SNAP (formerly food stamps).  Disadvantaged children born in counties with access to food stamps grew up to be healthier than children in counties without it, according to a major study.  They also were 18 percentage points more likely to finish high school, and girls from these counties rated higher on an index of adult “self-sufficiency” outcomes such as education, income, and staying off welfare.  The Ryan report ignores this evidence, while citing a different study by two of the same researchers on the program’s short-term work disincentives in its early years.

Working family tax credits.  Additional income from the Earned Income Tax Credit (EITC) and Child Tax Credit leads to significant increases in students’ test scores, a study found.  The authors also noted that such test-score gains tend to lead to sizeable improvements in students’ earnings as adults.  While the Ryan poverty report praises the EITC’s work incentives — and cites another study by one of the same researchers on the link between marriage and economic mobility — it ignores this and other research on the EITC’s long-term gains for children.

Head Start.  The Ryan report says that Head Start is “failing to prepare children for school,” citing the lack of measurable differences between Head Start students and a control group during elementary school.  But this conclusion ignores evidence of the program’s long-term benefits.

One study found that former Head Start attendees score higher than their siblings on a “composite index” of long-term outcomes in areas such as education, employment, and health status.  Another  study compared low-income counties that offered varying amounts of Head Start in 1965 (because some counties received more federal help launching the program) and found higher high school graduation and college enrollment and better health outcomes in the Head Start counties decades later for people of the right age to have participated in the program.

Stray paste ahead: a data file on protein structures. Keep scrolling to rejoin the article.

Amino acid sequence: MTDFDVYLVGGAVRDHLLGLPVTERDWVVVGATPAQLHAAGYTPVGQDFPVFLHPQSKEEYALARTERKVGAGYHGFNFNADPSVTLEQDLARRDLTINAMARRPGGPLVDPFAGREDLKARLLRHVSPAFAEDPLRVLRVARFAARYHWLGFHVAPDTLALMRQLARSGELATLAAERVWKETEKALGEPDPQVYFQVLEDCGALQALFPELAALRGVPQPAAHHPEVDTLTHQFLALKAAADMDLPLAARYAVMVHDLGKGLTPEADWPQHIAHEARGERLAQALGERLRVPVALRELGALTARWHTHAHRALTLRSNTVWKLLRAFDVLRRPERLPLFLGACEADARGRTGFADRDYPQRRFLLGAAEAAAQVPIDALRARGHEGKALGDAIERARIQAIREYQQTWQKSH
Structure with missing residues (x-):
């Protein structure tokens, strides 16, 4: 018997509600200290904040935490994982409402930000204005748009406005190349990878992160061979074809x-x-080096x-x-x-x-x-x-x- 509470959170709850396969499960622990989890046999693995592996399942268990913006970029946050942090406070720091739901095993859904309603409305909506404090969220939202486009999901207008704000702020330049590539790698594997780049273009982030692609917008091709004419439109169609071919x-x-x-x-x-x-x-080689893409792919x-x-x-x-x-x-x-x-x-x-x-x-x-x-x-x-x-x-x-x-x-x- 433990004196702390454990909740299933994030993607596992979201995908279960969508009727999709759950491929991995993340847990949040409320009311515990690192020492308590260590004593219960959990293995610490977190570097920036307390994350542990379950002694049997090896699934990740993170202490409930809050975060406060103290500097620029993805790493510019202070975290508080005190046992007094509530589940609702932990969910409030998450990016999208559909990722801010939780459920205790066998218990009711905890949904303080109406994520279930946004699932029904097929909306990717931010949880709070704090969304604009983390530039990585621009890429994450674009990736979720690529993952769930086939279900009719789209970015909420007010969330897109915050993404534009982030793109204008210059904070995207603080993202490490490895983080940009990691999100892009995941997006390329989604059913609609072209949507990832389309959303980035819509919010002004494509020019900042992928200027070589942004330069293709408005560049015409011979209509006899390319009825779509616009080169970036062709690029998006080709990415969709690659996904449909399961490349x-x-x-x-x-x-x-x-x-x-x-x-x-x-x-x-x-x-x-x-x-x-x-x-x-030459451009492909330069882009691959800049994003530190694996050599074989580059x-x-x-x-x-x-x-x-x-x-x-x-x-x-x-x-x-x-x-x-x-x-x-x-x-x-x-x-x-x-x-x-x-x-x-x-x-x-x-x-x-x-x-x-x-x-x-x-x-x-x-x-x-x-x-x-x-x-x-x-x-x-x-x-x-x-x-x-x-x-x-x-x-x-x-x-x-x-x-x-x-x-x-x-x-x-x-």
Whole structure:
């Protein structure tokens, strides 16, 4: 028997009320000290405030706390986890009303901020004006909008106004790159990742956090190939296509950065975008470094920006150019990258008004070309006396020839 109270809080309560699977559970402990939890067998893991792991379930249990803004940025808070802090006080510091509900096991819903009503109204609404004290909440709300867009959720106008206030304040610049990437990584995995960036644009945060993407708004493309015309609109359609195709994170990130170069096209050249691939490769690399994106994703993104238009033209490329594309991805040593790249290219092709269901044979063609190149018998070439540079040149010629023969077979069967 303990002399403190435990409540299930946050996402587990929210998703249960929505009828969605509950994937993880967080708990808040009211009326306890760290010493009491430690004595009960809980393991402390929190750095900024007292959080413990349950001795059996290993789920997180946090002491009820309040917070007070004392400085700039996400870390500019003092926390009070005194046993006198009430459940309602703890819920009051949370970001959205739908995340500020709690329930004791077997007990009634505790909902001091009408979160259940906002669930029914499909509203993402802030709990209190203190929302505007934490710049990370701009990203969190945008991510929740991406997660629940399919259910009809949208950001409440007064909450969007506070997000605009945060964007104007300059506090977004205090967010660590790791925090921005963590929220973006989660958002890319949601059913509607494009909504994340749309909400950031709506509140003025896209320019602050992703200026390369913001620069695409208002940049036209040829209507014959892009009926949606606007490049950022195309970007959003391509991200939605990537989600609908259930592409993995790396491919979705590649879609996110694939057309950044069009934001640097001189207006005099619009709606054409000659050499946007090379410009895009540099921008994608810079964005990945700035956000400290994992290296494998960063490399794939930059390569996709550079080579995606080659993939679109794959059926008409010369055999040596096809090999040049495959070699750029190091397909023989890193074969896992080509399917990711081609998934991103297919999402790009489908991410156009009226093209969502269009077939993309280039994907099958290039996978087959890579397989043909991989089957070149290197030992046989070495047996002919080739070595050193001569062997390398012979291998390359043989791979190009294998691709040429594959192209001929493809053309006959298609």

Importantly, such long-term gains don’t depend on sustained test-score gains, according to several studies of Head Start and similar interventions.  For example, a review of three leading preschool pilot programs notes that although participants’ test-score gains diminished over time, these participants were much likelier to finish high school and enter college than other students.  The Ryan report cites this study but only to show that the programs benefited girls more than boys.

To be sure, some Head Start programs need improving.  But these studies suggest that recent efforts by the Obama Administration and Congress to strengthen quality and accountability are a better way to go than simply abandoning the Head Start model.

The Ryan report grimly concludes that federal programs are “failing to address” poverty.  Poverty certainly remains too high.  But the report seems determined not to recognize the long-term successes of existing programs even when the evidence is in plain sight.